|The first excerpt represents the past or something you must release, and is drawn from The Contrast by Royall Tyler:
conversation, he is sure to end his tour in the temple
Forgive me, my sister. I love my country; it has
its foibles undoubtedly;--some foreigners will with
pleasure remark them--but such remarks fall very
ungracefully from the lips of her citizens.
You are perfectly in the right, Colonel--America
has her faults.
|The second excerpt represents the present or the deciding factor of the moment, and is drawn from Dawn O'Hara, The Girl Who Laughed by Edna Ferber:
now that it was gone I wondered, dully, if I could feel
Von Gerhard's departure more keenly.
No one knew of the existence of the book except
Norah, Von Gerhard, Blackie and me. Blackie had a way of
inquiring after its progress in hushed tones of mock awe.
Also he delighted in getting down on hands and knees and
guiding a yard-stick carefully about my desk with a view
to having a fence built around it, bearing an inscription
which would inform admiring tourists that here was the
desk at which the brilliant author had been wont to sit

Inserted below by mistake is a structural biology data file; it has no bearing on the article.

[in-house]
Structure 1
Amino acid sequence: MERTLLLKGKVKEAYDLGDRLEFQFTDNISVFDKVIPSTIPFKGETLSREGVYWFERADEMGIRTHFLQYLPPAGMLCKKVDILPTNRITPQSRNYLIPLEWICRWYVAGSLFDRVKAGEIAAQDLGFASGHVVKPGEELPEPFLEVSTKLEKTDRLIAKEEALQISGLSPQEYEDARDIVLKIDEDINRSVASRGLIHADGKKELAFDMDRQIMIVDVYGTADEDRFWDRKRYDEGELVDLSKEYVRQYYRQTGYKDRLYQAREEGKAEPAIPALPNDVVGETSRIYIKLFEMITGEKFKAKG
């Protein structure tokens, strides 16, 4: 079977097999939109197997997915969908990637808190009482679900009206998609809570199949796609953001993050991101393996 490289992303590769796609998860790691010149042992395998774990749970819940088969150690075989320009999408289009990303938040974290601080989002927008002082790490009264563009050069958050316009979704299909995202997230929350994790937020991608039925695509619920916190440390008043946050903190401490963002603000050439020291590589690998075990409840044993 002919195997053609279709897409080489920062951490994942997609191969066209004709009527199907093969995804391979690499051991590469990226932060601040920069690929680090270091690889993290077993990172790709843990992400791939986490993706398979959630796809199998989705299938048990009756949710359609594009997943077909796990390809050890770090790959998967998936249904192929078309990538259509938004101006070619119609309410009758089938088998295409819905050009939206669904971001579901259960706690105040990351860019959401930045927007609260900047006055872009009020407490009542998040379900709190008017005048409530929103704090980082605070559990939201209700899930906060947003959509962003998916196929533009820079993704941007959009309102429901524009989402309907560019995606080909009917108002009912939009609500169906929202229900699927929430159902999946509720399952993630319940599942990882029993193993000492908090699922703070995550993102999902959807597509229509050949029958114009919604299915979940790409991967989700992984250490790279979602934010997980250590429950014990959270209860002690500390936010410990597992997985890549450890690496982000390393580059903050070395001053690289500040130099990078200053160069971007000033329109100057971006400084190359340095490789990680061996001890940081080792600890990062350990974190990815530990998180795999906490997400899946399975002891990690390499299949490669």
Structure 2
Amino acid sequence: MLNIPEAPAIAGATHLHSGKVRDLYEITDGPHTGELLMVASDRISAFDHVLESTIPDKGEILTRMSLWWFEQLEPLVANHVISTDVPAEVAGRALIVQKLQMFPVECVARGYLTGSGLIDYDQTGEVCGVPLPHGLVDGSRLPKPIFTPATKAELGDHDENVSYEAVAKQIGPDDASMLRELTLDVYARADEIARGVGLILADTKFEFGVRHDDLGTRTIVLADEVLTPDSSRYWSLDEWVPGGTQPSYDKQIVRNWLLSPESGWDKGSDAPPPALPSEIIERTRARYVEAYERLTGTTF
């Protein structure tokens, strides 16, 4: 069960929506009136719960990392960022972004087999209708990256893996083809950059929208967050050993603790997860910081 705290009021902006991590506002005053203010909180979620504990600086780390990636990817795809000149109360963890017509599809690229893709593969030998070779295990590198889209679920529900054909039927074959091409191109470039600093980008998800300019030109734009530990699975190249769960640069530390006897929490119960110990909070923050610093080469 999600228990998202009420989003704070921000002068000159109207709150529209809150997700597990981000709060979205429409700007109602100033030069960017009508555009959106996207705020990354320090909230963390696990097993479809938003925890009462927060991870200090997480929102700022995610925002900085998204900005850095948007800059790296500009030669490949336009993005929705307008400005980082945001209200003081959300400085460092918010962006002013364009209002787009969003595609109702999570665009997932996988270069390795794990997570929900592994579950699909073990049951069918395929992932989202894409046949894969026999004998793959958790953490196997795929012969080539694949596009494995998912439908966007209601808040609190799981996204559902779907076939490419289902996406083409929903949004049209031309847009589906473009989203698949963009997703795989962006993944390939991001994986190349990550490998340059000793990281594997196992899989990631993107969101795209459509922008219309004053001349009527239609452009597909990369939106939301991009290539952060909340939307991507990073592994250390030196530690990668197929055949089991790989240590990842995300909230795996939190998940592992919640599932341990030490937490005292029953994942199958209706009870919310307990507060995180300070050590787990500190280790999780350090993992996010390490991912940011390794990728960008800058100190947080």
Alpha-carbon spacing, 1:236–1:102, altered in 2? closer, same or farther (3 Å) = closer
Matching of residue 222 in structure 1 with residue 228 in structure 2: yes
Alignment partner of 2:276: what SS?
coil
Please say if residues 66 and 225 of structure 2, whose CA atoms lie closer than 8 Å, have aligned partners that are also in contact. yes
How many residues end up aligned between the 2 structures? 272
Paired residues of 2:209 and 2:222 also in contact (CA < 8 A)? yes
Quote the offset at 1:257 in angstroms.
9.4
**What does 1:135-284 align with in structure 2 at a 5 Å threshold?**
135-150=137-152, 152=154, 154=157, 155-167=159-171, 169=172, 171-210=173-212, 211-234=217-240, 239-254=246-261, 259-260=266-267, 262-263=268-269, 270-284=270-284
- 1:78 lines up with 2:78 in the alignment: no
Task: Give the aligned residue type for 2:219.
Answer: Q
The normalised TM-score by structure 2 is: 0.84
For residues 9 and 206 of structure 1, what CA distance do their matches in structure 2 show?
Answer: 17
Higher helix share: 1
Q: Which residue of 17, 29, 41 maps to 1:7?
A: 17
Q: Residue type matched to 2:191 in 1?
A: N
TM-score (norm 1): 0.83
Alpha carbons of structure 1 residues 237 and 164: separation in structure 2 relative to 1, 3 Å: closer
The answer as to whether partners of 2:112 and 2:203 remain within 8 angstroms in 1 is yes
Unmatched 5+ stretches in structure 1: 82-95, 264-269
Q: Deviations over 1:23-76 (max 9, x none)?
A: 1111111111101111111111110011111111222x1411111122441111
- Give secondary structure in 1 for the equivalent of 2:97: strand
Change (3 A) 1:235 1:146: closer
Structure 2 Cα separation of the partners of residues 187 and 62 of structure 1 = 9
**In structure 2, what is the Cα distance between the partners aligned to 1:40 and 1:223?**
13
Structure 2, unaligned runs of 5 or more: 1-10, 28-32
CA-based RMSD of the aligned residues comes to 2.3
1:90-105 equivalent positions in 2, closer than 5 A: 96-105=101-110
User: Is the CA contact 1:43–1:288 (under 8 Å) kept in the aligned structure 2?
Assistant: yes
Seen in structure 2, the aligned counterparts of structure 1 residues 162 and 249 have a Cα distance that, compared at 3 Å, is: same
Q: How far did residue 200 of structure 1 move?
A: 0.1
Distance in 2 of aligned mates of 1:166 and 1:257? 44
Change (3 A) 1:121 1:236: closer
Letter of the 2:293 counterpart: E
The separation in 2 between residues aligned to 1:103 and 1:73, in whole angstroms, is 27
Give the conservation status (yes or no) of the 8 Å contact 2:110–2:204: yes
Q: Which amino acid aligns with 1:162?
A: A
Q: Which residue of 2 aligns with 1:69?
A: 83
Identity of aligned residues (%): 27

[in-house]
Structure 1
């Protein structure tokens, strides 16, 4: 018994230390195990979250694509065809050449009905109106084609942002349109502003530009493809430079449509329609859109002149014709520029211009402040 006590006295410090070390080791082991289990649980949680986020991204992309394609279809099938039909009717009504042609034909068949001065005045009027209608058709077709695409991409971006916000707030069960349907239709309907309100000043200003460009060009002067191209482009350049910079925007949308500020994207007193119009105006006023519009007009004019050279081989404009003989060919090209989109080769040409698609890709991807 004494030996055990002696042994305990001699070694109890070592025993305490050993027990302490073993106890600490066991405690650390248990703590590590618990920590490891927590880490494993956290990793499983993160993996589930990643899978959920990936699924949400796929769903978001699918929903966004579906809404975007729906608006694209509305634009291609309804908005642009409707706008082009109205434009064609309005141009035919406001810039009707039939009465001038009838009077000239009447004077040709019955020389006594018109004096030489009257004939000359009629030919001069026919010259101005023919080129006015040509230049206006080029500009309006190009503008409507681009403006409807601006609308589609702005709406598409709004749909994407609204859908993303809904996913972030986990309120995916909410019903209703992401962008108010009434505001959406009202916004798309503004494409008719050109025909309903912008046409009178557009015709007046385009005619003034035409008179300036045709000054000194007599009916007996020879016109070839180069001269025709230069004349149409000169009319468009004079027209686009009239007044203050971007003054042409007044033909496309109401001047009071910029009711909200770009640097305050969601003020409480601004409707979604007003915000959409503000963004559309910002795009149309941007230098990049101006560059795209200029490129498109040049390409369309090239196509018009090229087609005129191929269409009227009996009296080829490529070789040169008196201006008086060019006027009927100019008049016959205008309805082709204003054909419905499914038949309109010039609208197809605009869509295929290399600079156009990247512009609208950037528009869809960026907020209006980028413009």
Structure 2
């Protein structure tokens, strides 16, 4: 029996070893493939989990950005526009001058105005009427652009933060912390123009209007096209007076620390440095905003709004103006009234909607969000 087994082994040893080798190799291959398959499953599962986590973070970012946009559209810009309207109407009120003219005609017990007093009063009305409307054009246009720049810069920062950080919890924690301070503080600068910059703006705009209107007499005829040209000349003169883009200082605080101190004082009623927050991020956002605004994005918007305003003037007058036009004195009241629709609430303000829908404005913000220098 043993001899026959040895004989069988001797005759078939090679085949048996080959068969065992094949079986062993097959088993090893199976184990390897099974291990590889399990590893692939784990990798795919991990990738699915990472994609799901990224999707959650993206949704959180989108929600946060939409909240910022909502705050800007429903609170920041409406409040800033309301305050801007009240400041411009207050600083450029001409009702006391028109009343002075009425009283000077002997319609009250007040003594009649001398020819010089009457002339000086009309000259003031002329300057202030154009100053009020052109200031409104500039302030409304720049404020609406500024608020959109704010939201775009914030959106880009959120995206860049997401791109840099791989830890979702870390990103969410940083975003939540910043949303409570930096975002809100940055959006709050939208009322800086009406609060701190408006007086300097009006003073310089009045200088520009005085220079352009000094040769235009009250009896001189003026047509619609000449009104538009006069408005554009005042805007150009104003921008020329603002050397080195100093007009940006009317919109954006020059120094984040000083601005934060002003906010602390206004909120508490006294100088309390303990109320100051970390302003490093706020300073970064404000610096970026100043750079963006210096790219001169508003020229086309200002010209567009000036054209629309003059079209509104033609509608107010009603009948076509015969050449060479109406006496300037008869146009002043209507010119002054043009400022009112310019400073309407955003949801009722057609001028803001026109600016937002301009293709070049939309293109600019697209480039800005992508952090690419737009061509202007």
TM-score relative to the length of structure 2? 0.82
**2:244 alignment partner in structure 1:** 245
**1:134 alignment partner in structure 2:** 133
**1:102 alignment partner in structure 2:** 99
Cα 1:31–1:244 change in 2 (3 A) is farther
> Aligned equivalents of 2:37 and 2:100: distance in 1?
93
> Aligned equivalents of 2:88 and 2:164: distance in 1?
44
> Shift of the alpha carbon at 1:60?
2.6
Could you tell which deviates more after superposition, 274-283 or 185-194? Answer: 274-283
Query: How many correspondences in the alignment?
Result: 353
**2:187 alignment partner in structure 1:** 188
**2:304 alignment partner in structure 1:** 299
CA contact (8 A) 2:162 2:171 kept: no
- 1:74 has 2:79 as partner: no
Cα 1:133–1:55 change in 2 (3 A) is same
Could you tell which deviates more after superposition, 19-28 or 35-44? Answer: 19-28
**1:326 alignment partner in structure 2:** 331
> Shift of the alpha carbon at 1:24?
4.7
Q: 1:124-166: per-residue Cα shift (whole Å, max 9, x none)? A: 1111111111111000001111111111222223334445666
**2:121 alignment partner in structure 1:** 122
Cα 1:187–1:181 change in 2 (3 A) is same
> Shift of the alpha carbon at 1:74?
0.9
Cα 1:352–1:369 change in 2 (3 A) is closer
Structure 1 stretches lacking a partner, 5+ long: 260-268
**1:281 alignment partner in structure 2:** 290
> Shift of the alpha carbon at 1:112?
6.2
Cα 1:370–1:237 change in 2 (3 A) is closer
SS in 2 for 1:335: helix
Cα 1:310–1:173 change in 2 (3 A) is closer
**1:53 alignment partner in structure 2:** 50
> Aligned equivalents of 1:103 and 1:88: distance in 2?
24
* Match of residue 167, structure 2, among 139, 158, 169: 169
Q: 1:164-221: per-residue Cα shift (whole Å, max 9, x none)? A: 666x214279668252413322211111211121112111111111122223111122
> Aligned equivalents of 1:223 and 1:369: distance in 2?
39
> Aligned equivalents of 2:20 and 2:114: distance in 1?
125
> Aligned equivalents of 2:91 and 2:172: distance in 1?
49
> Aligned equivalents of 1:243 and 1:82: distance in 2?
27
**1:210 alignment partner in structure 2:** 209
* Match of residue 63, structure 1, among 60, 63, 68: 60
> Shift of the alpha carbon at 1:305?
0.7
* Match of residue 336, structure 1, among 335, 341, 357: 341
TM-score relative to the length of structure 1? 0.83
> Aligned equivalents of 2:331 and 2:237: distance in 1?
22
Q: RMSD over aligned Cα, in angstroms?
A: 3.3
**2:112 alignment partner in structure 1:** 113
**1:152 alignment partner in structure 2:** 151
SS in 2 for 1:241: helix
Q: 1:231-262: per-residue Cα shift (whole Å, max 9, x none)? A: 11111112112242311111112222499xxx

when grinding out heart-throb stories for the humble
|The third excerpt represents the future or something you must embrace, and is drawn from Vendetta by Honore de Balzac:
action may now seem to be, it was at that time a very natural
expression of the prevailing hatred. Ginevra Piombo, one of Servin's
first pupils, had occupied the place that was now taken from her since
the first day of her coming to the studio. The aristocratic circle had
gradually surrounded her. To drive her from a place that in some sense
belonged to her was not only to insult her, but to cause her a species
of artistic pain; for all artists have a spot of predilection where
Nevertheless, political prejudice was not the chief influence on the
conduct of the Right clique of the studio. Ginevra, much the ablest of
Servin's pupils, was an object of intense jealousy. The master